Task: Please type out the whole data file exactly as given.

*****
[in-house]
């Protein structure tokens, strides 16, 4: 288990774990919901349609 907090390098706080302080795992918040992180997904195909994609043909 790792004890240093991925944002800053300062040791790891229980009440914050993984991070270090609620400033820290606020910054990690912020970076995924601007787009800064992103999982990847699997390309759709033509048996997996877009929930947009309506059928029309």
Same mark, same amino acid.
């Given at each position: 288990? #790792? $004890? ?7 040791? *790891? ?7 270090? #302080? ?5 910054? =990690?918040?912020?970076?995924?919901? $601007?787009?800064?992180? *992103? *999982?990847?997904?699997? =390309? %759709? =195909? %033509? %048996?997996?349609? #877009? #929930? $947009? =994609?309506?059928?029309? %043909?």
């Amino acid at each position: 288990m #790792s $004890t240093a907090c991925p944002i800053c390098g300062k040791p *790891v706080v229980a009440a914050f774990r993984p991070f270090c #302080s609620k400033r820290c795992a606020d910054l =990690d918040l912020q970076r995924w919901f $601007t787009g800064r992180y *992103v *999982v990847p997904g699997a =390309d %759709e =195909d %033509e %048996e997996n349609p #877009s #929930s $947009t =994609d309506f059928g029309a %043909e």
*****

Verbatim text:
[in-house]
């Protein structure tokens, strides 16, 4: 288990774990919901349609 907090390098706080302080795992918040992180997904195909994609043909 790792004890240093991925944002800053300062040791790891229980009440914050993984991070270090609620400033820290606020910054990690912020970076995924601007787009800064992103999982990847699997390309759709033509048996997996877009929930947009309506059928029309």
Same mark, same amino acid.
């Given at each position: 288990? #790792? $004890? ?7 040791? *790891? ?7 270090? #302080? ?5 910054? =990690?918040?912020?970076?995924?919901? $601007?787009?800064?992180? *992103? *999982?990847?997904?699997? =390309? %759709? =195909? %033509? %048996?997996?349609? #877009? #929930? $947009? =994609?309506?059928?029309? %043909?």
């Amino acid at each position: 288990m #790792s $004890t240093a907090c991925p944002i800053c390098g300062k040791p *790891v706080v229980a009440a914050f774990r993984p991070f270090c #302080s609620k400033r820290c795992a606020d910054l =990690d918040l912020q970076r995924w919901f $601007t787009g800064r992180y *992103v *999982v990847p997904g699997a =390309d %759709e =195909d %033509e %048996e997996n349609p #877009s #929930s $947009t =994609d309506f059928g029309a %043909e």